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Ontario Line Extension West of Ontario Place (Speculation)

And then Lower Ossington, Parkdale, Jameson, and then Roncesvalles to connect with GO. Assuming it continues for all of Queen West.
 
And then Lower Ossington, Parkdale, Jameson, and then Roncesvalles to connect with GO. Assuming it continues for all of Queen West.
I think Shaw is better than Ossington personally. For one, we won't have to repeat names with Line 2. But also, better connectivity to Trinity Bellwoods, Strachan, and the pedestrian bridges connecting Liberty Village.

I would follow this alignment after Roncesvalles, into South Etobicoke, as opposed to taking it north to Bloor:

1546990292604.png


Stations would go Roncesvalles/Sunnyside >> Windermere/Swansea >> Humber Bay Shores >> Park Lawn GO >> The Queensway >> Royal York South >> >> >> Sherway Gardens.
 
I would have it go west on Lakeshore which would make it further away from Line 2, and rebuild the Long Branch end of Lakeshore and create a new Etobicoke downtown and Harbourfront. It would also hit Humber College.
 
I think Shaw is better than Ossington personally. For one, we won't have to repeat names with Line 2. But also, better connectivity to Trinity Bellwoods, Strachan, and the pedestrian bridges connecting Liberty Village.

I would follow this alignment after Roncesvalles, into South Etobicoke, as opposed to taking it north to Bloor:

View attachment 170293

Stations would go Roncesvalles/Sunnyside >> Windermere/Swansea >> Humber Bay Shores >> Park Lawn GO >> The Queensway >> Royal York South >> >> >> Sherway Gardens.

Your ideas are great, unfortunately and apparently, this thread is just dudes drawing proposals according to @pstogios, which I disagree with.
 
^How does the Waterfront LRT fit into this plan for a relief line that extends west rather than north? How does this idea provide relief by reducing crowding at Yonge & Bloor?

I haven’t studied maps of population density, employment, income, development potential, etc. for the westward proposal but my gut says a northern trajectory (that intersects with Bloor around Dundas) will be far more beneficial to our City.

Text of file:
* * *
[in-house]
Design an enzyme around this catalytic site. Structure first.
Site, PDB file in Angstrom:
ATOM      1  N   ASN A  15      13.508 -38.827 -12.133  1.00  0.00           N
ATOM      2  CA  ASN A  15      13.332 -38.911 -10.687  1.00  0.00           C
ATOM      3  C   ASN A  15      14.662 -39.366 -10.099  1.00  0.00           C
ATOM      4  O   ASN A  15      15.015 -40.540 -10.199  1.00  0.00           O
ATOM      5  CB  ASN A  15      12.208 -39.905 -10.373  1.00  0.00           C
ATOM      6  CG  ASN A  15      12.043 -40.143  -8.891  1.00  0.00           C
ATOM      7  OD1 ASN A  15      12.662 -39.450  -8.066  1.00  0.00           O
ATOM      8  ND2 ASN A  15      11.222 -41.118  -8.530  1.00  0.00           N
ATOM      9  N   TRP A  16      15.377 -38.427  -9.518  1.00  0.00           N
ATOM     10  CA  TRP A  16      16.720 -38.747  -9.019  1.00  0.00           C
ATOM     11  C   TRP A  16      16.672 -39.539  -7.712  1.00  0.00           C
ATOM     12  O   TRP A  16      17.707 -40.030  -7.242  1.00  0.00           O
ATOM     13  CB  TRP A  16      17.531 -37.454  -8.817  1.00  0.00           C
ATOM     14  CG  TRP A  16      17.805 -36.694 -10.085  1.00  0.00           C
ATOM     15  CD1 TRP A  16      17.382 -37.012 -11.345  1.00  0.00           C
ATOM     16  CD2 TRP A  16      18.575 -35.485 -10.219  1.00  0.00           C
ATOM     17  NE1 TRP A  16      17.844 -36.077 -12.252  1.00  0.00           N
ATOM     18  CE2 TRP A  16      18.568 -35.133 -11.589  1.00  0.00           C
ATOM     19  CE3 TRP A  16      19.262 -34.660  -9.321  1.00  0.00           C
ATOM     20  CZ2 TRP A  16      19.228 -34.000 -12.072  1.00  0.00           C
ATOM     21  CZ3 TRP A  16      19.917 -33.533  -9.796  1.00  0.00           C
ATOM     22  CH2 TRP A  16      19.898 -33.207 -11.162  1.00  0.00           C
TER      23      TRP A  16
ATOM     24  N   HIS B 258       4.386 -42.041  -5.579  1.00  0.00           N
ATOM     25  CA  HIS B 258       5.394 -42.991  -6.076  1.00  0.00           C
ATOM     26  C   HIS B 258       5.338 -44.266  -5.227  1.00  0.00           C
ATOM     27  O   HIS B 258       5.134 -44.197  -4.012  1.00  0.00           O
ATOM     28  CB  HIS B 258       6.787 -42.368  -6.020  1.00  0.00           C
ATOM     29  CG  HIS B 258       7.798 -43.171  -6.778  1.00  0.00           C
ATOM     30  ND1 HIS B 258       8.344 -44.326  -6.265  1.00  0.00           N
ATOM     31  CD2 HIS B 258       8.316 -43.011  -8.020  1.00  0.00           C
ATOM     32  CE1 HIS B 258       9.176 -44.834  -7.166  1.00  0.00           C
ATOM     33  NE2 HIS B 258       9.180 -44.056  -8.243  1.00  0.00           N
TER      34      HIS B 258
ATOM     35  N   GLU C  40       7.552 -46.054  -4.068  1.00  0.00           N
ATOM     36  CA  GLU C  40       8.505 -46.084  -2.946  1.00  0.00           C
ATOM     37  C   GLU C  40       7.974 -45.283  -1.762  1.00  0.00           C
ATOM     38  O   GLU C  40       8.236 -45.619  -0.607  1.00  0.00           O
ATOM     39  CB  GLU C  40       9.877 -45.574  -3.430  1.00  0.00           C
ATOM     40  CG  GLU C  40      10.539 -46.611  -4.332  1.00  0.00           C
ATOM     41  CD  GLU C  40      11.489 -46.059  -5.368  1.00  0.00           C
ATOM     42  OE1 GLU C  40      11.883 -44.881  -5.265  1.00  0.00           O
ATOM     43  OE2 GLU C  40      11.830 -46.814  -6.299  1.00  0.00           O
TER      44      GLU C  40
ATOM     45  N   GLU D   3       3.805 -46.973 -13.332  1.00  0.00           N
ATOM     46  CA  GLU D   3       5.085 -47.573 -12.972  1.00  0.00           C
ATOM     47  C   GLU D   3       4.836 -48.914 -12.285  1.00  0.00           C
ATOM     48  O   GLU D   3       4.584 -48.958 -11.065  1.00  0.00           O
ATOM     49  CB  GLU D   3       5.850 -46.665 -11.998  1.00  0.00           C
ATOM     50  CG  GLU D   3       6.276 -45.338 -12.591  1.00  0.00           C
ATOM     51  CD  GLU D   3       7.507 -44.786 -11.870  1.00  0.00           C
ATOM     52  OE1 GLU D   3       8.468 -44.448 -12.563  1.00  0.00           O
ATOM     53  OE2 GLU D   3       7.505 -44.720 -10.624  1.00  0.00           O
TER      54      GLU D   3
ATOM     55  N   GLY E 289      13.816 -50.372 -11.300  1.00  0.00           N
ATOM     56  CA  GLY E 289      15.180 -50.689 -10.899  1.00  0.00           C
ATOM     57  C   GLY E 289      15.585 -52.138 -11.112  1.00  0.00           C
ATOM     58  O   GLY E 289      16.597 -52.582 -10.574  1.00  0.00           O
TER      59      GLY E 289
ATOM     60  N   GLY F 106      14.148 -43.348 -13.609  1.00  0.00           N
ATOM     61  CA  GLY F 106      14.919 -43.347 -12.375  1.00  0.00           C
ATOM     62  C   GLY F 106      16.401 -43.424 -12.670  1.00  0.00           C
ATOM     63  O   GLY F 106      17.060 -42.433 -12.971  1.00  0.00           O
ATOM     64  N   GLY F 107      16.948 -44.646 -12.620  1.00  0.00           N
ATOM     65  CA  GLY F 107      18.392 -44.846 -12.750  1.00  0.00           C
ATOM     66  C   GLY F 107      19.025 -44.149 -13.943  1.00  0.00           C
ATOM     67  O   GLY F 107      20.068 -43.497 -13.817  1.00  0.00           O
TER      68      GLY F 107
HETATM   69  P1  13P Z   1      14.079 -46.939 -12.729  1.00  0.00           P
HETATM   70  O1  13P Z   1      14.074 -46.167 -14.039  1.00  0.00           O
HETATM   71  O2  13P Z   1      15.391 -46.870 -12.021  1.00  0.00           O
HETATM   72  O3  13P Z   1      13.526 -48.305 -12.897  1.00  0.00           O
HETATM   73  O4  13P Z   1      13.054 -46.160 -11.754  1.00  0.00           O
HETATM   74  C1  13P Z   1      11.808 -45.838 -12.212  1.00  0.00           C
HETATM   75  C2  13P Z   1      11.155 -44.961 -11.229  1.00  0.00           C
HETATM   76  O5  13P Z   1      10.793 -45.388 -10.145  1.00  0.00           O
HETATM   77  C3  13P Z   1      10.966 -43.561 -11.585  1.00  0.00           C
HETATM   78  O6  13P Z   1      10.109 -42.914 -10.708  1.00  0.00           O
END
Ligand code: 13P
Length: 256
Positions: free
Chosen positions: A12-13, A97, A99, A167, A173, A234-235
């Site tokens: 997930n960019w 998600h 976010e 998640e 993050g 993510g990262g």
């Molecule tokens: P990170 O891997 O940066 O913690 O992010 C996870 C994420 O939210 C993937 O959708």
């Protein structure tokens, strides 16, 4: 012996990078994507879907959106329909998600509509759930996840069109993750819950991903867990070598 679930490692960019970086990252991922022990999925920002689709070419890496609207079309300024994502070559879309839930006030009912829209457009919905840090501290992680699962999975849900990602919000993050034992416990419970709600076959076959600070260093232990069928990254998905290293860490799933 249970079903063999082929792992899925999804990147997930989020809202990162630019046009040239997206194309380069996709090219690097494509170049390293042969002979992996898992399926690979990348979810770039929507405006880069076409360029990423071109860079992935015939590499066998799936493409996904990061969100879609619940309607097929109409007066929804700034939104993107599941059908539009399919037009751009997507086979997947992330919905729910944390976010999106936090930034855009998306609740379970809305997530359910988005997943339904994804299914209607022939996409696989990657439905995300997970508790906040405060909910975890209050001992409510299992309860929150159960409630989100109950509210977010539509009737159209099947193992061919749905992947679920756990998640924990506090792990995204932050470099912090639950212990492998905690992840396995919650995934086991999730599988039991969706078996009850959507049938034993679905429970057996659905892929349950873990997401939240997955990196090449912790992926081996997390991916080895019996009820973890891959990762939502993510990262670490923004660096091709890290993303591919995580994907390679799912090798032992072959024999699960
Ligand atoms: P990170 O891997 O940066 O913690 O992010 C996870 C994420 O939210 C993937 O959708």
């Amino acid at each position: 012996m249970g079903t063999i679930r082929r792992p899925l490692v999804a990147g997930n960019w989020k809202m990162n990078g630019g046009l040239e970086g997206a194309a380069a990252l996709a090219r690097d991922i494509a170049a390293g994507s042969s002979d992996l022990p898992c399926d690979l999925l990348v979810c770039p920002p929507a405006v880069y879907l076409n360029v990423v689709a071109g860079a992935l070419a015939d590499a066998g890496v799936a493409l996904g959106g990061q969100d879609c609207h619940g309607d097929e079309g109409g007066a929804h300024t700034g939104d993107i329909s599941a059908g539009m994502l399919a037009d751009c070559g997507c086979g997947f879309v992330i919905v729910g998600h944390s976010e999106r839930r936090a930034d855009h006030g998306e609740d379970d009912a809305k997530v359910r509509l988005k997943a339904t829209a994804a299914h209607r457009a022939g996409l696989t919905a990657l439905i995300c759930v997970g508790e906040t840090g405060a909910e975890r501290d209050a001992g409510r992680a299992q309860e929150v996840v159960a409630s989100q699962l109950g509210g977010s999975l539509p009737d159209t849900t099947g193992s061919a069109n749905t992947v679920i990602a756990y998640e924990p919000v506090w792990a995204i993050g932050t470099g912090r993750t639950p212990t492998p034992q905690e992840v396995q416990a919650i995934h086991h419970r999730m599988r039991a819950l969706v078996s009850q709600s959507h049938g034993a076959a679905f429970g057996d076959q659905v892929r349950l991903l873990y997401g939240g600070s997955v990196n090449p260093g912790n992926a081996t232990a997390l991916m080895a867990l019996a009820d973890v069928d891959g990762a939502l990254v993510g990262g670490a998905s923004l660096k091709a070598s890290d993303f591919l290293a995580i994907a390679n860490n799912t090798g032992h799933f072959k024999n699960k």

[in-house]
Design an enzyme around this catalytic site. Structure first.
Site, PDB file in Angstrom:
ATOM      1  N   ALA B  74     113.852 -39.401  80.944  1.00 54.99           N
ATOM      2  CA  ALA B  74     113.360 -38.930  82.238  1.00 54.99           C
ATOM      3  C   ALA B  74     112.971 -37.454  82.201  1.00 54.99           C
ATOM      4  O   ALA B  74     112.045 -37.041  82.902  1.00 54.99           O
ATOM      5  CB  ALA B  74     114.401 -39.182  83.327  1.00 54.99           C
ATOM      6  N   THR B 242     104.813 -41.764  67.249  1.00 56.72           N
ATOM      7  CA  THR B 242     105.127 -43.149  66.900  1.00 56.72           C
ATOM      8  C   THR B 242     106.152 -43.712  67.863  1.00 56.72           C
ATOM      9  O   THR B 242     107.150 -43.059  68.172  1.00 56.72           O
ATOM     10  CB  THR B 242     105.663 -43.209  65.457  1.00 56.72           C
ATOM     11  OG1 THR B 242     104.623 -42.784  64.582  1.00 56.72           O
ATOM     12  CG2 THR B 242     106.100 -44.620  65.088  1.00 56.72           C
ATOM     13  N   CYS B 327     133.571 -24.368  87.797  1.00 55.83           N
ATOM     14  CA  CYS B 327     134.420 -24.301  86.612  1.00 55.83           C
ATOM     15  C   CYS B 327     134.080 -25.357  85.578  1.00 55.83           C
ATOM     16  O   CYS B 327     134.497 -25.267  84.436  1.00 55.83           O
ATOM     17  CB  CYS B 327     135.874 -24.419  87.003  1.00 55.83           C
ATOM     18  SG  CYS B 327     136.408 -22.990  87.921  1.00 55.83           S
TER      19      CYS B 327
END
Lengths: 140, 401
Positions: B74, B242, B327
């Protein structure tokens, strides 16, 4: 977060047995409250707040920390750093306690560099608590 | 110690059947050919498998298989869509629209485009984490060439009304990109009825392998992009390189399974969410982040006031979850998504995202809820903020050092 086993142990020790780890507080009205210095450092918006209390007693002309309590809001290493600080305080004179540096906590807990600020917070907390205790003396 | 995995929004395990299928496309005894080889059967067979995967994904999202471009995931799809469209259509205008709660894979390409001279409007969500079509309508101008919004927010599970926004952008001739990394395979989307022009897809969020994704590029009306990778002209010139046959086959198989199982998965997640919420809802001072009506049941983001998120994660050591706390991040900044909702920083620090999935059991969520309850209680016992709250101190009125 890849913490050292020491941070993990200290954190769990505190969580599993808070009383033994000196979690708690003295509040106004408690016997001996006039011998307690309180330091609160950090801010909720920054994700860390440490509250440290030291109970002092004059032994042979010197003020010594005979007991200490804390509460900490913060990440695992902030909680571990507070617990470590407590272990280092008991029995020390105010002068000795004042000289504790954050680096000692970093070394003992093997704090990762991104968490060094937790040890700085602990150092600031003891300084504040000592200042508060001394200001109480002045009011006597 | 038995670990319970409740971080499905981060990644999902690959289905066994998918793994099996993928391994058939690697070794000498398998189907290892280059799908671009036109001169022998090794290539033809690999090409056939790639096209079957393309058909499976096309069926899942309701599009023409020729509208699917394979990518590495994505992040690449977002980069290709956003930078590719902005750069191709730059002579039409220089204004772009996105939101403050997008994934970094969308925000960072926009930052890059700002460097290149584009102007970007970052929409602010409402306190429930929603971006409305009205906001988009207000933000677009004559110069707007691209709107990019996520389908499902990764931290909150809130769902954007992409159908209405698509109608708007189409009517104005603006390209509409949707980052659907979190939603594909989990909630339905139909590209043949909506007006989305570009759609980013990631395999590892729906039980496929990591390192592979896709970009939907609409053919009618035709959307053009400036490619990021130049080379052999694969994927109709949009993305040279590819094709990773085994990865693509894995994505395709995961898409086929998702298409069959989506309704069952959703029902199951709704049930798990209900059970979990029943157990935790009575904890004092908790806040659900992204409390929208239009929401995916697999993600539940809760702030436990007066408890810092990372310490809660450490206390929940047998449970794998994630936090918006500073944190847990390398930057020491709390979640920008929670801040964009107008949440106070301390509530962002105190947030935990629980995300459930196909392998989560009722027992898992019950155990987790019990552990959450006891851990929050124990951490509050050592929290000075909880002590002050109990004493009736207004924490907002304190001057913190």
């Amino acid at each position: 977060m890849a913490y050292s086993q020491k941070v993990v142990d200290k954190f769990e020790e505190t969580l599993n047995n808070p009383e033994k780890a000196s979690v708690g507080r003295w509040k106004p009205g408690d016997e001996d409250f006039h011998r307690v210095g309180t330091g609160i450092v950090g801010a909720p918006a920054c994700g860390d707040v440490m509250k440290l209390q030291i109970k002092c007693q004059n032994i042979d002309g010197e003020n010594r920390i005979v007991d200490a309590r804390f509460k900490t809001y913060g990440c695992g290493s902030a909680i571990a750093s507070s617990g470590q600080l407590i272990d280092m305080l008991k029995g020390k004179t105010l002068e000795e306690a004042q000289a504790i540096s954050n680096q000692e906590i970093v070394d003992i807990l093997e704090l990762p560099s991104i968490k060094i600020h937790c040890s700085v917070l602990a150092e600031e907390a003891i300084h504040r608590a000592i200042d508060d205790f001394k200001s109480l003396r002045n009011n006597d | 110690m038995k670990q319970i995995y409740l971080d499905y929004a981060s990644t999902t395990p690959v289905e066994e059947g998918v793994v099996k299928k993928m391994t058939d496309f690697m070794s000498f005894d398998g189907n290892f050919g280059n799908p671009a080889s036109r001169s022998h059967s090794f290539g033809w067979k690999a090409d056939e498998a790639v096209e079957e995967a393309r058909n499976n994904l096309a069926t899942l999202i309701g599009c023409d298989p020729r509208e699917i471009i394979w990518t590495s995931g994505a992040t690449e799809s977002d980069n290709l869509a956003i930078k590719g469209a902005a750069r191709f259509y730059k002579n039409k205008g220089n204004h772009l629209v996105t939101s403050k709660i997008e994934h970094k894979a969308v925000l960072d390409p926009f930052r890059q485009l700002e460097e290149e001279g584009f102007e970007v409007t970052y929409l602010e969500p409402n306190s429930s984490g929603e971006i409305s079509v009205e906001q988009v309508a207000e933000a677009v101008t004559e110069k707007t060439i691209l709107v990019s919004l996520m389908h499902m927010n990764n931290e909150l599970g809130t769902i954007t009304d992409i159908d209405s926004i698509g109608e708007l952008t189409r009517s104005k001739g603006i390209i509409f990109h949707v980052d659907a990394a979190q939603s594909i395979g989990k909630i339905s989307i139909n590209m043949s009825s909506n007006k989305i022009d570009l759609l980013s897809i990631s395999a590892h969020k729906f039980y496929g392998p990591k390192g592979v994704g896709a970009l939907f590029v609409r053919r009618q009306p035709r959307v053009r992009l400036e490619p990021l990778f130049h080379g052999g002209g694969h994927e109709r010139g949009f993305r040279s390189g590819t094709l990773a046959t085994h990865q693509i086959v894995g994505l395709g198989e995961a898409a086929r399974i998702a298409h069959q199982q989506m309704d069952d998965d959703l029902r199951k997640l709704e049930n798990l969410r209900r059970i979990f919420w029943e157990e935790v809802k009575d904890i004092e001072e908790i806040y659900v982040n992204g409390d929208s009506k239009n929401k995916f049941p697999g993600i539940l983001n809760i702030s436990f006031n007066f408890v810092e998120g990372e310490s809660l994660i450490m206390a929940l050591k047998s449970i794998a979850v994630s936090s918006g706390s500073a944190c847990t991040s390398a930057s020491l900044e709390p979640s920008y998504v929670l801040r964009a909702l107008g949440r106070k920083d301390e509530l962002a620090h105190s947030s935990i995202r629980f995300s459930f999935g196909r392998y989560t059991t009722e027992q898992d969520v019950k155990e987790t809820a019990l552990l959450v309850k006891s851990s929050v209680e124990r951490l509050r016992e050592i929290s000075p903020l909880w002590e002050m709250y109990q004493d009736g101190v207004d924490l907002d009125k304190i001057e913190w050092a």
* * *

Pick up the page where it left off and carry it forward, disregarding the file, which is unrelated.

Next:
^How does the Waterfront LRT fit into this plan for a relief line that extends west rather than north? How does this idea provide relief by reducing crowding at Yonge & Bloor?

I haven’t studied maps of population density, employment, income, development potential, etc. for the westward proposal but my gut says a northern trajectory (that intersects with Bloor around Dundas) will be far more beneficial to our City.

It's pretty clearly one or the other... and I'd stick with my view from the fantasy thread that Waterfront, Lakeshore, Queensway, Etobicoke and the 427 corridor all make more sense in a lot of ways as light rail tied into some combination of the streetcar network and/or Finch and Eglinton LRTs (my inclination being build Waterfront as planned, with a branch on Queensway to Sherway and a standard gauge Etobicoke LRT from Long Branch to Humber).
 
^How does the Waterfront LRT fit into this plan for a relief line that extends west rather than north? How does this idea provide relief by reducing crowding at Yonge & Bloor?

I haven’t studied maps of population density, employment, income, development potential, etc. for the westward proposal but my gut says a northern trajectory (that intersects with Bloor around Dundas) will be far more beneficial to our City.

WWLRT, we're not sure when or if it will be built. Same with this. But, if the Waterfront LRT is built, it will be intresting what will be the western terminus for the DRL west extention.
 

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